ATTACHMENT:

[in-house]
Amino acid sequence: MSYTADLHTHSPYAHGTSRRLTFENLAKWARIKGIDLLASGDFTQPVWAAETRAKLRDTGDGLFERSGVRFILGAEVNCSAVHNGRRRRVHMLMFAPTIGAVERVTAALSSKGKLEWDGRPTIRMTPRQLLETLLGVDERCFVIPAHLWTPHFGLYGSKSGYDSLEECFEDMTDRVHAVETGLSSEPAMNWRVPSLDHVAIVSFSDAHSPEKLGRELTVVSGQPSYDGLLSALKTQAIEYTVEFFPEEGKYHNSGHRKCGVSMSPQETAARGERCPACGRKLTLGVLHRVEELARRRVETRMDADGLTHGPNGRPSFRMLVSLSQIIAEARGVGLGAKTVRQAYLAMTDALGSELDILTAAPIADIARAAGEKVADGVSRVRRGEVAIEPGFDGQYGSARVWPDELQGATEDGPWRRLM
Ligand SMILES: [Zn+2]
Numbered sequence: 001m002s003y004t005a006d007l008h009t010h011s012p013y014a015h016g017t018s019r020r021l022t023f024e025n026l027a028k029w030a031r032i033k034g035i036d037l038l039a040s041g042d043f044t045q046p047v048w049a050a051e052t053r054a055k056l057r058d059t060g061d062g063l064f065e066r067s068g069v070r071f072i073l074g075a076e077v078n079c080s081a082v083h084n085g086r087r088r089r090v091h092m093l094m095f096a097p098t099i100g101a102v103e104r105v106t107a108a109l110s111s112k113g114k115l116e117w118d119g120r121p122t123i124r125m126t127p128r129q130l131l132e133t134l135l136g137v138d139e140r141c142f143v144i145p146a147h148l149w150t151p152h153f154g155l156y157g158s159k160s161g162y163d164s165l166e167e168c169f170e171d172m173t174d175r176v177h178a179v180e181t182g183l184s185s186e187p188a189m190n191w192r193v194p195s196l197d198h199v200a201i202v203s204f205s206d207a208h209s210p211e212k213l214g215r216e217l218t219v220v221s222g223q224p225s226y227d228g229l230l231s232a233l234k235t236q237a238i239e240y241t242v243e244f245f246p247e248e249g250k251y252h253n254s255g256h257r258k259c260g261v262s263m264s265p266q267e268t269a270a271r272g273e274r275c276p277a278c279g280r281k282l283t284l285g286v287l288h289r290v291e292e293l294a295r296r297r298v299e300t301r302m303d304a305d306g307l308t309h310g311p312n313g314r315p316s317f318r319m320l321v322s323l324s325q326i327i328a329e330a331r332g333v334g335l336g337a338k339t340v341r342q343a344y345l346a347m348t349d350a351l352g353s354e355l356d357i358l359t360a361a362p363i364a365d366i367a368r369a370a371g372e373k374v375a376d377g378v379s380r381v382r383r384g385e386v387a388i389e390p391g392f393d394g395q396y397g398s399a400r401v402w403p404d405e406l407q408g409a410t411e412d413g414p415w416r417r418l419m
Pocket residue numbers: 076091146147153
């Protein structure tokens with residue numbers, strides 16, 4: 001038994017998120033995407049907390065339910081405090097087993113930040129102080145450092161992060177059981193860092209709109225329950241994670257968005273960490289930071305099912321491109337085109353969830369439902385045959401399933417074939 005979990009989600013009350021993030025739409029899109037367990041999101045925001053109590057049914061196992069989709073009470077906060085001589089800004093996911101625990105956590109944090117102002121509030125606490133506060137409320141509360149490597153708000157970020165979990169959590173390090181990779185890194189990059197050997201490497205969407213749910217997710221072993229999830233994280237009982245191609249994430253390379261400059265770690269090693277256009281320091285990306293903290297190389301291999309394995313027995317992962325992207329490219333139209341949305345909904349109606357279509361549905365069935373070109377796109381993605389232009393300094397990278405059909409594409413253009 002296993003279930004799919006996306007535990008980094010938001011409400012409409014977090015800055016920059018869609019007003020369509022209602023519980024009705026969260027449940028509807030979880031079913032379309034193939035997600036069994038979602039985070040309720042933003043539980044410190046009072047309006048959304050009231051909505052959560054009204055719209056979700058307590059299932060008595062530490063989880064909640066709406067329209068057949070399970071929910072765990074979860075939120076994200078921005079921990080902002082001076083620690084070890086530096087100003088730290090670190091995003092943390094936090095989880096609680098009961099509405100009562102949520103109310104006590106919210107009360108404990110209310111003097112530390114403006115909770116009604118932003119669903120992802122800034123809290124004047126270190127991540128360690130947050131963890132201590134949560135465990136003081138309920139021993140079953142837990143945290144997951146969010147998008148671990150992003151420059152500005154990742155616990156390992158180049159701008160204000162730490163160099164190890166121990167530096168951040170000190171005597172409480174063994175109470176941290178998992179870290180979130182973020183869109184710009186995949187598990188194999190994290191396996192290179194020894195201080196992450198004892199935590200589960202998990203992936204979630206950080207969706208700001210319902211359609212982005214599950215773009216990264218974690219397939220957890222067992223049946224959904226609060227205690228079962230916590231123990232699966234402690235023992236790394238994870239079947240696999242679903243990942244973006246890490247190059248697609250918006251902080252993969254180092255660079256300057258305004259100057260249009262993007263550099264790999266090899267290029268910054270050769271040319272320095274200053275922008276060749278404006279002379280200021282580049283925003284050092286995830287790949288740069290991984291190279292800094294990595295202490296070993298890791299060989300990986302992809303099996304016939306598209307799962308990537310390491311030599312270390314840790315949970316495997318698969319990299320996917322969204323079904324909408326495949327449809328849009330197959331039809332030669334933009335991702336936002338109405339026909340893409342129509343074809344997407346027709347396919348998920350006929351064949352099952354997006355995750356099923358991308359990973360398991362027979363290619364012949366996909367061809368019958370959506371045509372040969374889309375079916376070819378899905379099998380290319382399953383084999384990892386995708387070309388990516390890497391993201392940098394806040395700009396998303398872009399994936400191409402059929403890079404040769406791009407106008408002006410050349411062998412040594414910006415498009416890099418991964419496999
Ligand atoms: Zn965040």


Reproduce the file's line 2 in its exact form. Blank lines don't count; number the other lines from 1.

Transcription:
Amino acid sequence: MSYTADLHTHSPYAHGTSRRLTFENLAKWARIKGIDLLASGDFTQPVWAAETRAKLRDTGDGLFERSGVRFILGAEVNCSAVHNGRRRRVHMLMFAPTIGAVERVTAALSSKGKLEWDGRPTIRMTPRQLLETLLGVDERCFVIPAHLWTPHFGLYGSKSGYDSLEECFEDMTDRVHAVETGLSSEPAMNWRVPSLDHVAIVSFSDAHSPEKLGRELTVVSGQPSYDGLLSALKTQAIEYTVEFFPEEGKYHNSGHRKCGVSMSPQETAARGERCPACGRKLTLGVLHRVEELARRRVETRMDADGLTHGPNGRPSFRMLVSLSQIIAEARGVGLGAKTVRQAYLAMTDALGSELDILTAAPIADIARAAGEKVADGVSRVRRGEVAIEPGFDGQYGSARVWPDELQGATEDGPWRRLM